Ok, I guess I have to admit it. I wasn't able to do this trick as it isn't physically possible under these circumstances (it might be easy in the ISS though).

Ahh! Now that I could see. However... It would likely slowly become a sphere. I doubt surface tension would make it remain in the cup shape for long. You also wouldn't want to spin it...
sonam
If this is not video trick (I think it is) maybe he using some type of another glass in this glass. I was thinking maybe some type of PVC folio, for example like this very thin what we are using in fridge or on airport for packing baggage. Question: are this folio enough hard to keep weather in this position. I don't think so. Rolling Eyes

Sonam
Bondings
sonam wrote:
If this is not video trick (I think it is) maybe he using some type of another glass in this glass. I was thinking maybe some type of PVC folio, for example like this very thin what we are using in fridge or on airport for packing baggage. Question: are this folio enough hard to keep weather in this position. I don't think so. Rolling Eyes

Sonam

It's cgi (computer generated images).
nepalstar
Bondings wrote:


It took me over 15 tries to get it working and the water spilled anyway before I could take a picture of it (it held maybe 10 seconds at most). Anyone here who can do a better job of it than me?


Wow...! that's really amazing...! is that real one?? I never saw this trick...! Amazing.. amazing...! thanks for uploading this video...
manfer
It is really good. Makes one feel it just happened.
IceCreamTruck
Bondings wrote:
sonam wrote:
If this is not video trick (I think it is) maybe he using some type of another glass in this glass. I was thinking maybe some type of PVC folio, for example like this very thin what we are using in fridge or on airport for packing baggage. Question: are this folio enough hard to keep weather in this position. I don't think so. Rolling Eyes

Sonam

It's cgi (computer generated images).



Haha, and the truth comes out. When you said you got this to work I simply wondered how long it was going to be before you came back online and had your "gotcha" moment! Smile Funny Bondings.

BTW, IF this were possible there would be no difference between the definition of a solid and a liquid when it comes to water. A liquid, by definition, fills the bottom of the container in which it is held, and if you increase the size of the container to the room, then the water flows to the bottom which is the floor. A solid, however, retains it's shape, and does not conform to the boundaries of the container, and this would be what has to happen for this trick to be true.

It's a really convincing video, however, as he's even given the water a slight swirling motion as if it is still reacting to the removal of the glass. He says that it will fall for no reason, or for a vibration that is too small to detect, so it's a moot point that his finger never touches the water. He never says that his finger caused it to crash, so that is an assumption that everyone is making, and nothing in the video says he touched the water.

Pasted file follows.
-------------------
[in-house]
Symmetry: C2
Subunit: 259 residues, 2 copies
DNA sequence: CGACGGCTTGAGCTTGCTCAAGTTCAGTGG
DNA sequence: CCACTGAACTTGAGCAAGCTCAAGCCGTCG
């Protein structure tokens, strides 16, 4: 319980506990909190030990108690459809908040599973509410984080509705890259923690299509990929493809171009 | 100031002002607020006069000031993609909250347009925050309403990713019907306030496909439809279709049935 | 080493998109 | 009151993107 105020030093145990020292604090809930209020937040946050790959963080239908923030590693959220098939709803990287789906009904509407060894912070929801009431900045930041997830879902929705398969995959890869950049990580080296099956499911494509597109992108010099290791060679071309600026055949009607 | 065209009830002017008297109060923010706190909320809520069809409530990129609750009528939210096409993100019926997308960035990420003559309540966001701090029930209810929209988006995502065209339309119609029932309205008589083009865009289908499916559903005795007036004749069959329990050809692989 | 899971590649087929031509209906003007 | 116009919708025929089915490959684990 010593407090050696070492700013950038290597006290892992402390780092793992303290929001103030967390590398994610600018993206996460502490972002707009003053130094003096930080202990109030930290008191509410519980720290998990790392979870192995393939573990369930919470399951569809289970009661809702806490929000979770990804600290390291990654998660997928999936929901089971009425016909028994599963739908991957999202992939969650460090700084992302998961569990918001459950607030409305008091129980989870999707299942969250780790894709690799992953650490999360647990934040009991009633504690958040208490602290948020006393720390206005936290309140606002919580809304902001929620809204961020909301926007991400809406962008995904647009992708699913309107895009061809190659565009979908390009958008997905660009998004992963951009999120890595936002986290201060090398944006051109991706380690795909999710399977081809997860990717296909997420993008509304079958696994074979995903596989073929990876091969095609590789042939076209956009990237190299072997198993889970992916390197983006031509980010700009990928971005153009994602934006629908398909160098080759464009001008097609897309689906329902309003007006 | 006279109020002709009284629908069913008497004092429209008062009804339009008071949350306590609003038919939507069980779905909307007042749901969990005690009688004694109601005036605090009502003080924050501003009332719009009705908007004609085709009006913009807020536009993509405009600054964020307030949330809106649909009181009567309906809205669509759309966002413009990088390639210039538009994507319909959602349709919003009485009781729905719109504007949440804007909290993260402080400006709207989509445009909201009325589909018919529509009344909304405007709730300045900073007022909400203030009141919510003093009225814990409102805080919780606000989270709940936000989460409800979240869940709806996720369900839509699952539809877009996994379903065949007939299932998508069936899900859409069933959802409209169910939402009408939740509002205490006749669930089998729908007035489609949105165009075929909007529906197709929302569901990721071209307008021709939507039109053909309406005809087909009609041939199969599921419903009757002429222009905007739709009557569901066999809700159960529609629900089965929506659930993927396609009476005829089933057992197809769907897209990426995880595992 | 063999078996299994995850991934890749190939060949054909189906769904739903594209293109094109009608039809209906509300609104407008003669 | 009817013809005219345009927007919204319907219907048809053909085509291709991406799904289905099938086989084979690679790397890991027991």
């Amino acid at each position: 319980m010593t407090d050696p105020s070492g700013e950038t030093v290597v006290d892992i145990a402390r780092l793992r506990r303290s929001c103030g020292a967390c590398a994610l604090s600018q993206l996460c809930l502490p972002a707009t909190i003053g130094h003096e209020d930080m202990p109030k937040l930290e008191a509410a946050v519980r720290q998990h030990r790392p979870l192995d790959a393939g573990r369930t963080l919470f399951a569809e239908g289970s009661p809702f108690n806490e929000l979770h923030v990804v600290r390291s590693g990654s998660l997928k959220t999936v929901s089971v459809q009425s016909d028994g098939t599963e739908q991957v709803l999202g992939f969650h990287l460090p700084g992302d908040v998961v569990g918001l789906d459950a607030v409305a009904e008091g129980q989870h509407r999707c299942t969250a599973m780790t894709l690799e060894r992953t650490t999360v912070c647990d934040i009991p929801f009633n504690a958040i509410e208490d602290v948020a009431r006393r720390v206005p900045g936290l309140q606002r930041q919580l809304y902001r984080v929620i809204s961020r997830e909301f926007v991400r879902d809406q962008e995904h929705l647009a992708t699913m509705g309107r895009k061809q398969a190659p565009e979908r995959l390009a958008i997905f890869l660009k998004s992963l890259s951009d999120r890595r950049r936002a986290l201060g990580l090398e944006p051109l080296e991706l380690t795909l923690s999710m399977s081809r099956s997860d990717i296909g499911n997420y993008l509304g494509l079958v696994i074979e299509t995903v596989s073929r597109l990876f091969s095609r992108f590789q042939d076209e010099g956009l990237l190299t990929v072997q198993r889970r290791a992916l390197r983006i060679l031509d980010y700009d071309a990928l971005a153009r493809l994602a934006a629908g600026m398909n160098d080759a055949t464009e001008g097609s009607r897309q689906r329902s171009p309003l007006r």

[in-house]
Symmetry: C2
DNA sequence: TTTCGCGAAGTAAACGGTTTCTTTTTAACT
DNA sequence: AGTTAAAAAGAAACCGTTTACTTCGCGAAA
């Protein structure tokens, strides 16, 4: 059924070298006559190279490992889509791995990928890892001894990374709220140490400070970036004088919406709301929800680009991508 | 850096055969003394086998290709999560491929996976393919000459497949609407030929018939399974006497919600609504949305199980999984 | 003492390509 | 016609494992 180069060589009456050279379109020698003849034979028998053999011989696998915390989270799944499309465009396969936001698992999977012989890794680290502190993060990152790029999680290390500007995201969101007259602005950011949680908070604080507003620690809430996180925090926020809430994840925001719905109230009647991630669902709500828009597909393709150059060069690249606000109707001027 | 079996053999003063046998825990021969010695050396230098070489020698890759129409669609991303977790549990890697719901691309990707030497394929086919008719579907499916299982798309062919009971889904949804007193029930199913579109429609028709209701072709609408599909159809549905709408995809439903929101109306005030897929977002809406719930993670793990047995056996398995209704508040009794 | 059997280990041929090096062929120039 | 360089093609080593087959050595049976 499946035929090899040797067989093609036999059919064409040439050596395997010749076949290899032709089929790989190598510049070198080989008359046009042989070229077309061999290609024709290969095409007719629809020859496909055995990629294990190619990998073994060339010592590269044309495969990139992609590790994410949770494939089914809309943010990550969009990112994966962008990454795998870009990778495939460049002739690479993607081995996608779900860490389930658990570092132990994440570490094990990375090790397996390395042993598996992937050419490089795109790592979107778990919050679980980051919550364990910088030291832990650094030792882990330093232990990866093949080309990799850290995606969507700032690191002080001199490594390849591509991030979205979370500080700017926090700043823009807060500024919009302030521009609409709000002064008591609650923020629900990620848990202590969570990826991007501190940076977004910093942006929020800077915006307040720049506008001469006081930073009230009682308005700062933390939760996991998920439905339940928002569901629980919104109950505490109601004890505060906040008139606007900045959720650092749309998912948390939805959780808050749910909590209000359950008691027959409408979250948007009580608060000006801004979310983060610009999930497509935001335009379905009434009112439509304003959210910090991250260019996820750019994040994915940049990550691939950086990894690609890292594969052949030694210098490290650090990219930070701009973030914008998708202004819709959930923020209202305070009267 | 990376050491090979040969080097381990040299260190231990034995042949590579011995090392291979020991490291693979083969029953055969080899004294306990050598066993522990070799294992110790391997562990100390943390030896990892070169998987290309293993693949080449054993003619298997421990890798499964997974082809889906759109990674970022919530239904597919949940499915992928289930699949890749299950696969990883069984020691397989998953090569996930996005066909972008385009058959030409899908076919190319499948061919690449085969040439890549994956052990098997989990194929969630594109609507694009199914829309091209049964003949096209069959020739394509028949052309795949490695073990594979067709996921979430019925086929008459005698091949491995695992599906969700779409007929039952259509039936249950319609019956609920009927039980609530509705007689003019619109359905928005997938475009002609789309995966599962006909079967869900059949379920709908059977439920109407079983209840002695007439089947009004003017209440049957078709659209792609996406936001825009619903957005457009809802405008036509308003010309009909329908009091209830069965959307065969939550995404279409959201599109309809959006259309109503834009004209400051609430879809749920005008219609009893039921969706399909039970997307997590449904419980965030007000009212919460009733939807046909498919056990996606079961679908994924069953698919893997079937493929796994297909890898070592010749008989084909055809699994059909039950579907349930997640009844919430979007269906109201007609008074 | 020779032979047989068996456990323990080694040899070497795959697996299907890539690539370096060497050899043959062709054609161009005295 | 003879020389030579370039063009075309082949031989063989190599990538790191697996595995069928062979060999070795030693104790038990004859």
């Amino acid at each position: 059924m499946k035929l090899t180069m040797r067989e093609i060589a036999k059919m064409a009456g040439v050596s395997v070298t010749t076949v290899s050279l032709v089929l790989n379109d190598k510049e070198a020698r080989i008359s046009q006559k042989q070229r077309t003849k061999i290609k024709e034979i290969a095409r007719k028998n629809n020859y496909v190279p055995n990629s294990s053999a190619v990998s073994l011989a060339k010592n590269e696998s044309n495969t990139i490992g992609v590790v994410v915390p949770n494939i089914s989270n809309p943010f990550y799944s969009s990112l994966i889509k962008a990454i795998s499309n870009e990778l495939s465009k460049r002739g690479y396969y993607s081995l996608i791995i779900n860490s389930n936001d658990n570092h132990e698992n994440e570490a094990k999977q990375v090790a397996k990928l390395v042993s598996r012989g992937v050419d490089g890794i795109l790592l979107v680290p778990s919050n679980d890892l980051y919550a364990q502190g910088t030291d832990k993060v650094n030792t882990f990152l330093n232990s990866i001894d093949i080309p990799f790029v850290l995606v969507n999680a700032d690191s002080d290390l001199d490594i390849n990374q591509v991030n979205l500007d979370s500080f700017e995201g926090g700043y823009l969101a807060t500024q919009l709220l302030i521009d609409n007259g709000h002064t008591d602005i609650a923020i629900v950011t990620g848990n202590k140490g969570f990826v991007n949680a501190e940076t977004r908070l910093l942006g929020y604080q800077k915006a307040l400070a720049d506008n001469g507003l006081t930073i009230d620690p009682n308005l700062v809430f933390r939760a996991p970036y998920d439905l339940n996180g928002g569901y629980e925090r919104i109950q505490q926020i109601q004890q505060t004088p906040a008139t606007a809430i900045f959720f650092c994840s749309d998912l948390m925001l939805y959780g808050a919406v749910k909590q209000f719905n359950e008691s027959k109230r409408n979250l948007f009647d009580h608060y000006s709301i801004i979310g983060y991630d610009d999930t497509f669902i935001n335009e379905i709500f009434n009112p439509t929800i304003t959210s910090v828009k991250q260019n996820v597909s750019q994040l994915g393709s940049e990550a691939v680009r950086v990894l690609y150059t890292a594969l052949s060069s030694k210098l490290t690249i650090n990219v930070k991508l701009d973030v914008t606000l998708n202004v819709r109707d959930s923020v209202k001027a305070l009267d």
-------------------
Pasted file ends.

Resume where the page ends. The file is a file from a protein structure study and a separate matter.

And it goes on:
He's begging to be sued for damages though. I wonder how many carpets out in the world are molding right now because of this silly hoax. Or how many gallons of distilled water people have purchased and dumped all over their apartments attempting to make this work.

Here's a real trick: wiskey/water trick

http://www.youtube.com/watch?v=96NFH2Z7GSA

Now that is physically possible, and a good bar trick.
Bondings
IceCreamTruck wrote:
BTW, IF this were possible there would be no difference between the definition of a solid and a liquid when it comes to water. A liquid, by definition, fills the bottom of the container in which it is held, and if you increase the size of the container to the room, then the water flows to the bottom which is the floor. A solid, however, retains it's shape, and does not conform to the boundaries of the container, and this would be what has to happen for this trick to be true.

It's not really that simple. What you are saying is only true for a perfect liquid (I mean no viscosity, no forces between the molecules that can keep them in a bubble) and with gravity.

In reality, similar things are definitely possible with liquids - just not with pure water. And even with water it is possible, just not on this scale (a droplet can stay the same shape without losing its structure). Some liquids like Oobleck have very strange properties ( http://www.youtube.com/watch?v=yHlAcASsf6U ) and they react to sound waves by forming pillar-like shapes.
IceCreamTruck
Bondings wrote:
IceCreamTruck wrote:
BTW, IF this were possible there would be no difference between the definition of a solid and a liquid when it comes to water. A liquid, by definition, fills the bottom of the container in which it is held, and if you increase the size of the container to the room, then the water flows to the bottom which is the floor. A solid, however, retains it's shape, and does not conform to the boundaries of the container, and this would be what has to happen for this trick to be true.

It's not really that simple. What you are saying is only true for a perfect liquid (I mean no viscosity, no forces between the molecules that can keep them in a bubble) and with gravity.

In reality, similar things are definitely possible with liquids - just not with pure water. And even with water it is possible, just not on this scale (a droplet can stay the same shape without losing its structure). Some liquids like Oobleck have very strange properties ( http://www.youtube.com/watch?v=yHlAcASsf6U ) and they react to sound waves by forming pillar-like shapes.


These are common definitions used in class rooms, however, at the quantum level, for instance, liquids and solids behavior is not very different at all. These definitions of liquids and solids fit the scale of the experiment being performed, and are appropriate for this case. I realize that these definitions are not always true, however, I was just required to learned them and I did not put them into place.
Related topics
in interesting math problem
My list of musics
Frankfurt Motor Show, 2005
What was the most AMAZING thing you have ever done in life ?
Criss Angel - walking on water....know how he does it?
Drink more water
Making Drinkable Water through Chemical Means
Teaching methods
Japanese Car - Water as fuel!
magic debunked, skeptic's special:
Left brain V Right brain
panick attack...do u know these?
New forum about amazing constructions
Hiking and camping
Reply to topic    Frihost Forum Index -> General -> General Chat

FRIHOST HOME | FAQ | TOS | ABOUT US | CONTACT US | SITE MAP
© 2005-2011 Frihost, forums powered by phpBB.